A great thing about machine quilting is that there are many techniques you can use to get different results with your quilting project.
When you want to allow the stitches on the top quilt to create their own design, try free-motion quilting with your sewing machine.
On the other hand, if you have gorgeous patterned fabric or an intricately pieced design and don’t want to detract from that, you might try using the stitch-in-the-ditch technique.
When you use this method with a Janome Memory Craft 6500P, you get a secure quilt top with recessed stitching so your piecework or fabric pattern shines through!
Stitch-In-The-Ditch Stitching - The Basics
The stitch-in-the-ditch quilting technique is one that’s very easy to do with any quilting or sewing machine once you understand the technique and how it’s done.
This method involves stitching your quilt sandwich together by running the needle just to the side of the seams on the quilt top so they are barely noticeable, resulting in the stitching more or less disappearing into the seam.
Stitch-In-The-Ditch With Your Sewing Machine
When using the stitch-in-the-ditch technique for machine quilting, let these easy tips help you do it correctly to create a clean-looking quilt top where the pattern and not the top stitching is on display:
- Use the Right Presser Foot - If you need help stitching a consistent line to the side of the seam, use either a walking foot or an edge foot that sits right in the seam; both work wonderfully for ditch stitching on a machine like the Janome Memory Craft 6500P.
- Stitch on the Low Side of the Seam - Because the stitching itself adds a bit of bulk to the quilt top, always stitch on the low side which is the side opposite the direction where you pressed the seam allowance so the stitching side and allowance side will look even.
- Choose Your Effect - True stitch-in-the-ditch sewing means you’re stitching as physically close to the seams in the quilt top to make the stitches nearly invisible. For a slightly different effect, you can also try outline stitching, which is stitching â ” or ¼” away from the seam to create a slight inside border effect.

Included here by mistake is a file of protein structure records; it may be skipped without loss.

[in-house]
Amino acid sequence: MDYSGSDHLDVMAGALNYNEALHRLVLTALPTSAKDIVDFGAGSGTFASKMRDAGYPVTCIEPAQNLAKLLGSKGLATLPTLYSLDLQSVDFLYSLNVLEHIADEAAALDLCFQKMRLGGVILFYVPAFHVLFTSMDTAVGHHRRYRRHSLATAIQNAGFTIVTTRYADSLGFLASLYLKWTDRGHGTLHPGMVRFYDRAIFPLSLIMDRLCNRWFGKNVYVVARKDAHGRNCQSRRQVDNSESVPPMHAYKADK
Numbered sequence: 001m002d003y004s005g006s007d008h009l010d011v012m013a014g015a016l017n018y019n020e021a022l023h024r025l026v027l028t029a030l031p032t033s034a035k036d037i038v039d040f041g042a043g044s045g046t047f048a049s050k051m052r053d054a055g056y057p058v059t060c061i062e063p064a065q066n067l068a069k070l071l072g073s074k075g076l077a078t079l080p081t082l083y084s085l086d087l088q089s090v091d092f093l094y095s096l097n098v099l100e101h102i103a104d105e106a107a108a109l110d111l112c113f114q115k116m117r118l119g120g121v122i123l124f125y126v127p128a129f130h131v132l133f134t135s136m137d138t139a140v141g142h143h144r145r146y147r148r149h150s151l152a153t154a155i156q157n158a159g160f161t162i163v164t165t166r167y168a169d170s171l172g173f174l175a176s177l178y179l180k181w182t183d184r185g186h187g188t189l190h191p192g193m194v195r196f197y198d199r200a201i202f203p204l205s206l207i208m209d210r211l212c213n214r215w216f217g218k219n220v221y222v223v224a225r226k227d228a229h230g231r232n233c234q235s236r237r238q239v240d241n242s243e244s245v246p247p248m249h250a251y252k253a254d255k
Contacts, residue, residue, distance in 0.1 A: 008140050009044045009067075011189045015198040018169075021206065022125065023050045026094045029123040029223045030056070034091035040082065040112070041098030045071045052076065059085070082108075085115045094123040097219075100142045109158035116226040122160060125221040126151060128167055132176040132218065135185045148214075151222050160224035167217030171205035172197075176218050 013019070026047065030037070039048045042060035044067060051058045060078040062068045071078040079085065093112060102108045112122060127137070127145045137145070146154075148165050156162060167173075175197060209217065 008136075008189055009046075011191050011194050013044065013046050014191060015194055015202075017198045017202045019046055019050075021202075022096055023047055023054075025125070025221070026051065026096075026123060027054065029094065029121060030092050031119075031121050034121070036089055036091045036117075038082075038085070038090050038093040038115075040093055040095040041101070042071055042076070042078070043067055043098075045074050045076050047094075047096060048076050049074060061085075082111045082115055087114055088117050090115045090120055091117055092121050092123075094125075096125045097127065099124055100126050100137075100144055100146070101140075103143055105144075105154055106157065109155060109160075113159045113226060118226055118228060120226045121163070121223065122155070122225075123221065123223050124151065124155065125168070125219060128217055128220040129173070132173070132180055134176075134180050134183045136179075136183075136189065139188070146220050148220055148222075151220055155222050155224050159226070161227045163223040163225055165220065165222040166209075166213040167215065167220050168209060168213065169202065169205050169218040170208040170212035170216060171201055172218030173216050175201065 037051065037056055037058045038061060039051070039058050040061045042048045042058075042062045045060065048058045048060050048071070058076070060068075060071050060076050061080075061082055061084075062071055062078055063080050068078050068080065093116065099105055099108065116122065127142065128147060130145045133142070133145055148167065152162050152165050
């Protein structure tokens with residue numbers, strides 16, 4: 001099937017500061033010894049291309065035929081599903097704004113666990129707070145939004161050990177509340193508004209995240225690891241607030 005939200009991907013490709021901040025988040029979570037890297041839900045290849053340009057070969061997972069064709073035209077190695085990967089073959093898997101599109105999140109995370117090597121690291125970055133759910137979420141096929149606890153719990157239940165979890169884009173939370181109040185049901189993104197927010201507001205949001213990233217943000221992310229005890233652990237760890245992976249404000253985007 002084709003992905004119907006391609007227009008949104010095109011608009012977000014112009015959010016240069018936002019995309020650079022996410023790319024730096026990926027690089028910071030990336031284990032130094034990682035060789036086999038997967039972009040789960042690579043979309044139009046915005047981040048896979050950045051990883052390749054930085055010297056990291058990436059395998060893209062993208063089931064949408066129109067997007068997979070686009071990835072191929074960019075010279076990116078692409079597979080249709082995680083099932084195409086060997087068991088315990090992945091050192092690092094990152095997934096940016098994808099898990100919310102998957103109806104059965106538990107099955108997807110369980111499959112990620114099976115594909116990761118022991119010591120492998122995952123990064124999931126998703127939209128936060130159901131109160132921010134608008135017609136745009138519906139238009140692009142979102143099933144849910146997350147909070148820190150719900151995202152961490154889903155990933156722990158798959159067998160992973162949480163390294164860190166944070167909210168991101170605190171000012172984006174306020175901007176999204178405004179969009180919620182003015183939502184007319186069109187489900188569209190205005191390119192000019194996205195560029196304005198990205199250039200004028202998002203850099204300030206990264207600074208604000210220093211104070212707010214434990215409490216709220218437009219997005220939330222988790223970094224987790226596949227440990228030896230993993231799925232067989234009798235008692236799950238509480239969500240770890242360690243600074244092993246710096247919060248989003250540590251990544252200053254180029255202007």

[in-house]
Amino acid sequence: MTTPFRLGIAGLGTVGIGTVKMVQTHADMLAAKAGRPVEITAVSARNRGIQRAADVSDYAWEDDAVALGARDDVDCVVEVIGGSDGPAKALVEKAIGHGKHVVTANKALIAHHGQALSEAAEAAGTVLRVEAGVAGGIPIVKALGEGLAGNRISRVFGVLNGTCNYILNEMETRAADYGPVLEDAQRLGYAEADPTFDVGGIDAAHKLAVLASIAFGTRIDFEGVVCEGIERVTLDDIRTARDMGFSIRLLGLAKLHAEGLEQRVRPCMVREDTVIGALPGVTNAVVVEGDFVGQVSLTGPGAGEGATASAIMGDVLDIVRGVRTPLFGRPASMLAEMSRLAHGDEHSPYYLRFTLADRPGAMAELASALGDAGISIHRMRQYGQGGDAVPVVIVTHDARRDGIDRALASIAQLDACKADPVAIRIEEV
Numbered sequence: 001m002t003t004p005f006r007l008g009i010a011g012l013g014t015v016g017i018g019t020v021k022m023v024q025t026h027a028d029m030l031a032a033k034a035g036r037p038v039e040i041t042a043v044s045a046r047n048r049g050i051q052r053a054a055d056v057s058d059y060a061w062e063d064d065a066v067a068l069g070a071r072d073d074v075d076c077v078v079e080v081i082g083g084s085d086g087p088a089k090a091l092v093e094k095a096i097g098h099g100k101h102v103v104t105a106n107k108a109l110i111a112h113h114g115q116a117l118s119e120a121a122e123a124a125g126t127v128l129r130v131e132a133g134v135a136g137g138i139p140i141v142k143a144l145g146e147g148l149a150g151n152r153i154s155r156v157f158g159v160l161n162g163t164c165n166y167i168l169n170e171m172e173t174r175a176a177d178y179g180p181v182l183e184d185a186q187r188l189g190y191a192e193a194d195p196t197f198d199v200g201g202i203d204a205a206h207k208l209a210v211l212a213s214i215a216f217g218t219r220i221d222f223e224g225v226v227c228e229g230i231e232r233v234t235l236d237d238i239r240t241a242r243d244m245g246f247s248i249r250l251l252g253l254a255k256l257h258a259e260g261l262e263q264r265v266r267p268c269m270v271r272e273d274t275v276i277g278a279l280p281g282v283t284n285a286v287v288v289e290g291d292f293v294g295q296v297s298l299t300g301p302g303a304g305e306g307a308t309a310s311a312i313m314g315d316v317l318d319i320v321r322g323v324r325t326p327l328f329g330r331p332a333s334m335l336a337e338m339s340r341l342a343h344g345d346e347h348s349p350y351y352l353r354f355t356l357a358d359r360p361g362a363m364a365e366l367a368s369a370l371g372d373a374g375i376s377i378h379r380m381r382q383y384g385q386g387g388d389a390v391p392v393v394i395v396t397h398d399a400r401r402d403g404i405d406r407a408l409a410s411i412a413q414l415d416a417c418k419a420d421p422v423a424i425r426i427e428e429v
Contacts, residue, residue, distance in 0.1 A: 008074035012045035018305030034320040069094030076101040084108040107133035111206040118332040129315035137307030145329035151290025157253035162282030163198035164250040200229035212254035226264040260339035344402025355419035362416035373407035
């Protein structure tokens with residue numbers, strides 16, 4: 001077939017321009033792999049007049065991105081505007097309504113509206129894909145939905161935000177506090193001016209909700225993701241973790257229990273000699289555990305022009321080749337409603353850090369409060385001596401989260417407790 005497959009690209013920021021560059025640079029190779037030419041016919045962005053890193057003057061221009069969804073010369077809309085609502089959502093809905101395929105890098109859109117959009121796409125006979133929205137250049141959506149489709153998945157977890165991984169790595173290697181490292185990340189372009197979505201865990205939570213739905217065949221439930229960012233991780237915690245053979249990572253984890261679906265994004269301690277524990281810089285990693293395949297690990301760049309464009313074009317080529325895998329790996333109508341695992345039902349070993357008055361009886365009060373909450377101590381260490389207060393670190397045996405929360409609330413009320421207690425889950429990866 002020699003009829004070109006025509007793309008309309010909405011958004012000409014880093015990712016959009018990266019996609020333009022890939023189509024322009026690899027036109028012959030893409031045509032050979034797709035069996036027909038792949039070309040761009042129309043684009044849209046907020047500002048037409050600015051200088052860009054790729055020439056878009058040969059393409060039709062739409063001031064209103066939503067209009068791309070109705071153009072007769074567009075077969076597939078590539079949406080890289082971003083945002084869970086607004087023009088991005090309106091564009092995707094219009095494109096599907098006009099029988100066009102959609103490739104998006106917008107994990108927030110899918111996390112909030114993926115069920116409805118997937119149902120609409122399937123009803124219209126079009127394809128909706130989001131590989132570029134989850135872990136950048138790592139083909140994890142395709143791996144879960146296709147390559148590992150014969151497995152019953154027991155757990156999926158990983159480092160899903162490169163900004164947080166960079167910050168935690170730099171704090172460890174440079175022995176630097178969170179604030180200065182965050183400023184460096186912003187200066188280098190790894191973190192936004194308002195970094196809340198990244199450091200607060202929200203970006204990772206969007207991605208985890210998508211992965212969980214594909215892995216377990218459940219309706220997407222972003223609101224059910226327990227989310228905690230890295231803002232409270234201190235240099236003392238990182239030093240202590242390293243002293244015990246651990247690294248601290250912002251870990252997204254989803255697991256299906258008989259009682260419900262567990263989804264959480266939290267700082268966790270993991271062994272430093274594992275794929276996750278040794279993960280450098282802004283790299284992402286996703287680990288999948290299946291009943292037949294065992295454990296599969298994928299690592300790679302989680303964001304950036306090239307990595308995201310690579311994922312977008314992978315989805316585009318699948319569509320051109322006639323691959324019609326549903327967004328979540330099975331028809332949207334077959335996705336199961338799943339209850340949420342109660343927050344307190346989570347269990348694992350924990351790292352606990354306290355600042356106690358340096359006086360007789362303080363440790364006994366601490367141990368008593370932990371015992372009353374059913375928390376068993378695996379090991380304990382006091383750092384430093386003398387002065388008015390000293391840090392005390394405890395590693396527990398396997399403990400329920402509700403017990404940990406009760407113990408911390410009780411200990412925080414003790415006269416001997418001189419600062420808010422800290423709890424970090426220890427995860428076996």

- Always Lift to Turn - Between needing to keep the layers of the quilt sandwich from shifting and also needing to find the precise edge to each seam to do stitch-in-the-ditch correctly, always lift the needle and presser foot when you turn your quilt, then put them back down in the right spot to start the next line of stitches.
- Stay Centered - You’ll have an easier time keeping your stitching aligned right beside the seam if you sit centered in front of the needle and keep your eyes focused on where the needle will drop as you slowly stitch along.
- Always Follow the Seams - Even if your seams don’t match up perfectly in the corners, don’t do anything like stitch at an angle to meet the next seam to keep going. Just follow the ditch of each individual seam, even if that means stopping at the end, moving the needle, and then starting again in the right position.
- Spread the Fabric - Ensure precise stitching by spreading the fabric slightly with your fingertips just as it’s passing under the needle so it’s easier to guide the needle to fall exactly where you want it.
- Add More Stitching If Necessary - Depending on your design and the batting you use, there may be large areas where the layers may separate, so add additional straight lines of stitching horizontally or vertically to secure those layers so the quilt holds together well.
Highlight Your Quilt Pattern With Stitch-In-The-Ditch
When you stitch together an intricate quilt top using patterned fabric or a pieced top, you want to let that design speak for itself without stitching adding additional texture.
Using the stitch-in-the-ditch technique with your sewing machine, you can securely sew a quilt together with stitches that practically disappear into the quilt top seams!